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A Tale of Two Cities

Charles Dickens

A Tale of Two Cities (1859) is the second historical novel by Charles Dickens. The plot centres on the years leading up to the French Revolution and culminates in the Jacobin Reign of Terror. The story touches upon Dr. Alexandre Manette's 1757 imprisonment, but the actual story timeline begins in 1775. The first issue of Dickens's literary periodical All the Year Round appearing April 30, 1859, contained the first of thirty-one weekly installments of the novel, which ran until November 26, 1859.

The opening – "It was the best of times, it was the worst of times..." – and closing – "It is a far, far better thing that I do, than I have ever done; it is a far, far better rest that I go to than I have ever known." – of the book are among the most famous lines in English literature.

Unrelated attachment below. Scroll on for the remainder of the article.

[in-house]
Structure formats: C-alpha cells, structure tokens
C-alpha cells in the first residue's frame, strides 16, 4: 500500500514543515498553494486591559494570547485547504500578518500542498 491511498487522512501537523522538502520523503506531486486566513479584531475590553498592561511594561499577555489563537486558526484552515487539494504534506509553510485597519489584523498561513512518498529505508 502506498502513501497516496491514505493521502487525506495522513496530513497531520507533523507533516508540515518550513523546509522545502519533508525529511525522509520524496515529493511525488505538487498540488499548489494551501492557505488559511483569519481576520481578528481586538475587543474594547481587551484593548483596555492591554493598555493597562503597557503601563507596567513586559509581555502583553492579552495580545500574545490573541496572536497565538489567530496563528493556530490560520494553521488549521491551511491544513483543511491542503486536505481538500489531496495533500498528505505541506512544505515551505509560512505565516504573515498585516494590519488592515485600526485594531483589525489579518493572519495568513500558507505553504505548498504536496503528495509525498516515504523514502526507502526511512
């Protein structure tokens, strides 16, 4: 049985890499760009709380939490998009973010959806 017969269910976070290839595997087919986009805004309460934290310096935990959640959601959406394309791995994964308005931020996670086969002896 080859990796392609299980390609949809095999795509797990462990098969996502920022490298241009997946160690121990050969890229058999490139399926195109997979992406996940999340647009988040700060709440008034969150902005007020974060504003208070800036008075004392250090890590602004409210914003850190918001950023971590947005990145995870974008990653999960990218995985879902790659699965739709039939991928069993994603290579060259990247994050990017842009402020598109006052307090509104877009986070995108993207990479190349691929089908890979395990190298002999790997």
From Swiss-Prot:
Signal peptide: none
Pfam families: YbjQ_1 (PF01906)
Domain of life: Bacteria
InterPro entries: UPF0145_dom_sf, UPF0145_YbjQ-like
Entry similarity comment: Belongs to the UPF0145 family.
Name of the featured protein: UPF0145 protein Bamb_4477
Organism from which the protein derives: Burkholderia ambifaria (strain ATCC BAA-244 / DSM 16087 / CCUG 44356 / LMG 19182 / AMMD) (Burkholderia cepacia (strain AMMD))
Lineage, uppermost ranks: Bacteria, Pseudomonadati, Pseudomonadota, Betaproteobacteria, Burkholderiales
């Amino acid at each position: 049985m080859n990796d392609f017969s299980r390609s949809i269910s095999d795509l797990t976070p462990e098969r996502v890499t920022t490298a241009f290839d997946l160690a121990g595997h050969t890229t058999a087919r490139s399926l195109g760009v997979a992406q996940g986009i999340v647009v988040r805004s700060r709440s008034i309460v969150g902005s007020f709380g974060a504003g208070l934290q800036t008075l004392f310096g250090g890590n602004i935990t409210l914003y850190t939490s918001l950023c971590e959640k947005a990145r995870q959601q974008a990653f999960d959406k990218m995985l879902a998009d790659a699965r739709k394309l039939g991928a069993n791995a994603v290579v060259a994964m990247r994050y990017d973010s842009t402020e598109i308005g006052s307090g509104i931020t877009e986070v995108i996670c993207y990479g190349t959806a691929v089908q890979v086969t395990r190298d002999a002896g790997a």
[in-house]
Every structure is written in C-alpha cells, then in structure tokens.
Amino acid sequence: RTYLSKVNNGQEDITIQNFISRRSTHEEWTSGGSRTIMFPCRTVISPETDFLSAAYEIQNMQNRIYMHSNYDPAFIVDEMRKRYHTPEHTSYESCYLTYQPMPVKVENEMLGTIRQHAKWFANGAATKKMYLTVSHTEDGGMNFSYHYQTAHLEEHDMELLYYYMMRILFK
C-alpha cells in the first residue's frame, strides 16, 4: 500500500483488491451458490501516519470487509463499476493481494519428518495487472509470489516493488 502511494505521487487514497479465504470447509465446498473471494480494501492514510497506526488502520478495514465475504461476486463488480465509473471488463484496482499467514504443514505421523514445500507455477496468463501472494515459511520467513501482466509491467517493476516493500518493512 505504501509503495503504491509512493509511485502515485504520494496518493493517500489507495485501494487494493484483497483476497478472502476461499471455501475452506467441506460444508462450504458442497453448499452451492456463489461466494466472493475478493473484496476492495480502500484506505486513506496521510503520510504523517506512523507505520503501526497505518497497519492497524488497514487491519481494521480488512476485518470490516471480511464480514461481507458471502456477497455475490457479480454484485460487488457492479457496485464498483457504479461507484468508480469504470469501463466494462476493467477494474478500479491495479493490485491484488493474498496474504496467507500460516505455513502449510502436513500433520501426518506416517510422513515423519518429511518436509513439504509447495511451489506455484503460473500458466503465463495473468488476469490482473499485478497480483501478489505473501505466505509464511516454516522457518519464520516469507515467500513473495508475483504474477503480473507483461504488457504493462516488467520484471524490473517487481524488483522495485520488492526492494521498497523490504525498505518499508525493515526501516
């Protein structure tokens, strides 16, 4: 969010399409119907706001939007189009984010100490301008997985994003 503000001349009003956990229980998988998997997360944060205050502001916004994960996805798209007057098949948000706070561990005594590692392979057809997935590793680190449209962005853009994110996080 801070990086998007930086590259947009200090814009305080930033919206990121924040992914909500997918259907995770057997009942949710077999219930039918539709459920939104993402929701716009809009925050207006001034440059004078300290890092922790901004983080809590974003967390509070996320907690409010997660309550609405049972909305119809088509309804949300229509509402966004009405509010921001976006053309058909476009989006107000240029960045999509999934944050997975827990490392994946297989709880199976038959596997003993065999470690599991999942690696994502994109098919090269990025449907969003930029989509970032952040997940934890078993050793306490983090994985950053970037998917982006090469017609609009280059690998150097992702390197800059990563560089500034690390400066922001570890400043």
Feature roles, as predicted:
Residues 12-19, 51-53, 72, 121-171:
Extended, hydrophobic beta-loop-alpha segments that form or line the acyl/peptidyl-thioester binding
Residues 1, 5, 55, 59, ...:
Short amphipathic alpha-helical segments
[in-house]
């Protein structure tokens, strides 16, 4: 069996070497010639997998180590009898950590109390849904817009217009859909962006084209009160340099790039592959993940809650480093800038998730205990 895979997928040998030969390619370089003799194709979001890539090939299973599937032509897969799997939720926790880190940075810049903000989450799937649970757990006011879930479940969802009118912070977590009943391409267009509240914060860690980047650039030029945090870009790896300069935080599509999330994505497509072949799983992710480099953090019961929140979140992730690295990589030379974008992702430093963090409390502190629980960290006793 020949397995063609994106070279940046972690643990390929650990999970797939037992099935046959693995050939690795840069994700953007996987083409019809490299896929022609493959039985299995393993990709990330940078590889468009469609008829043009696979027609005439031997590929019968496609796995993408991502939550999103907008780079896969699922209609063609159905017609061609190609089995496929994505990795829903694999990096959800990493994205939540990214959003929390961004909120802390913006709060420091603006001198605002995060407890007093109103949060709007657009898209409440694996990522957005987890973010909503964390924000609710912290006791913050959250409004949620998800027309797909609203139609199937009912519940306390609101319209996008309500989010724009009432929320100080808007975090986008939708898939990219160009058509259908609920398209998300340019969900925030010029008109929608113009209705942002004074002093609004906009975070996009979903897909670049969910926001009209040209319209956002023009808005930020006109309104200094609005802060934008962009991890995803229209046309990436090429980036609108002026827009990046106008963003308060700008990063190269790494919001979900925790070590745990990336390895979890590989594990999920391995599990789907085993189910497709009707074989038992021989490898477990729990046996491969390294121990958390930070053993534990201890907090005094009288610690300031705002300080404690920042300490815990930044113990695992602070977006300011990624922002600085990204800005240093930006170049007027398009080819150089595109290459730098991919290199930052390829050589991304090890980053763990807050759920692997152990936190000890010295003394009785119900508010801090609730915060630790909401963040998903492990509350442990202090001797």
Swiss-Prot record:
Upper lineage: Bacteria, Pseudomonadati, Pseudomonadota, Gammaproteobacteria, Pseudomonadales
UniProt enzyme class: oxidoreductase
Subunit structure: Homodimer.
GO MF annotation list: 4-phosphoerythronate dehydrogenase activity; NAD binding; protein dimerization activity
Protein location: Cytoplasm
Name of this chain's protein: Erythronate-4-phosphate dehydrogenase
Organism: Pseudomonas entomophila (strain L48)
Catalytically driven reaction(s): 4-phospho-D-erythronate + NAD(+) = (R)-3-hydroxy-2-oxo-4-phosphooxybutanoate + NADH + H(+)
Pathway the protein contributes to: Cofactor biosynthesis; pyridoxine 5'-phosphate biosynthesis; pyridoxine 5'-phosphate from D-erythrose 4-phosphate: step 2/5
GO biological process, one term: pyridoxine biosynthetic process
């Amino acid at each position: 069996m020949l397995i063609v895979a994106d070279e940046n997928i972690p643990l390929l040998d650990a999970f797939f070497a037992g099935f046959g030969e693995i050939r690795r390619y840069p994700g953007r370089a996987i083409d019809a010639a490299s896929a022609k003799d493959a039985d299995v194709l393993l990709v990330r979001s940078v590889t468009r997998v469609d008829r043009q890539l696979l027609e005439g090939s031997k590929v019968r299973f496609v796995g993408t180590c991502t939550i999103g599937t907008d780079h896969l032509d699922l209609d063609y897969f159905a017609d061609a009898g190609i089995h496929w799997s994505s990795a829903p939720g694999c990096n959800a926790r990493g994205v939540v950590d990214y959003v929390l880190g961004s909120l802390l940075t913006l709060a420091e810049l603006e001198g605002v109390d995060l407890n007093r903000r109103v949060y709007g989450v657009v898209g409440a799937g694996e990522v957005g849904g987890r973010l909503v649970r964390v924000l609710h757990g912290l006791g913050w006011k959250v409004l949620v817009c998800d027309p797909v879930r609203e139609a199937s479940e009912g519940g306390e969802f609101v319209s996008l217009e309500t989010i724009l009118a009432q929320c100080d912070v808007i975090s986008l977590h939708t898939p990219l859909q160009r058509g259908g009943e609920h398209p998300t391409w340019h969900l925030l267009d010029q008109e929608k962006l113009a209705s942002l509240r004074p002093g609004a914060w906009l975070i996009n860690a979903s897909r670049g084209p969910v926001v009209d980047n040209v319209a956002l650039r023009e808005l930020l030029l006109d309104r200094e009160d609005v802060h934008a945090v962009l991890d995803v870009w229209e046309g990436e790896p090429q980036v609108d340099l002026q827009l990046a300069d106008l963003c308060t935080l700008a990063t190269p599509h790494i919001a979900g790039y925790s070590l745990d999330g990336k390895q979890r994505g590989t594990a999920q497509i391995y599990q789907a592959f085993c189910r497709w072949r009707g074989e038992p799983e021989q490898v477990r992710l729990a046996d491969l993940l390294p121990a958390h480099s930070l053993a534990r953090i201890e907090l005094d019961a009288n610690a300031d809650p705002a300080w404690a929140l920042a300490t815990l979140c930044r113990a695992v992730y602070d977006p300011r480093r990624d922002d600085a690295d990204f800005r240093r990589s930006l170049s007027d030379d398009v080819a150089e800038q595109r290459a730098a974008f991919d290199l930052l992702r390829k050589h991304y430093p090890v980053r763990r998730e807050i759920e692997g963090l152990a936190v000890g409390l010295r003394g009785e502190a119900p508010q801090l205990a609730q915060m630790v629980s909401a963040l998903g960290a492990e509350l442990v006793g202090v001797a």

The book tells, first and foremost, the story of Charles Darnay and Sydney Carton, who look similar but are very different in their personalities. Darnay is a romantic French aristocrat; Carton is a cynical English barrister. Both fall deeply in love with the same woman, Lucie Manette.

Other major characters include Dr. Manette (Lucie's father), who was unjustly imprisoned in the infamous Bastille for many years under a lettre de cachet, and Madame Defarge, a female revolutionary with an implacable grudge against the aristocratic Evrémonde dynasty.

The title reflects the way in which the setting alternates between London and Paris. Two of the 45 chapters are set in both countries, nineteen in England and 24 in France. They tell of the shameless corruption, abuse and inhumanity of the French nobles towards the peasantry. The masses, oppressed for centuries, rise up at last and destroy their masters, becoming themselves just as evil and corrupt.

(From Wikipedia, description text under GNU Free Documentation License (GFDL))

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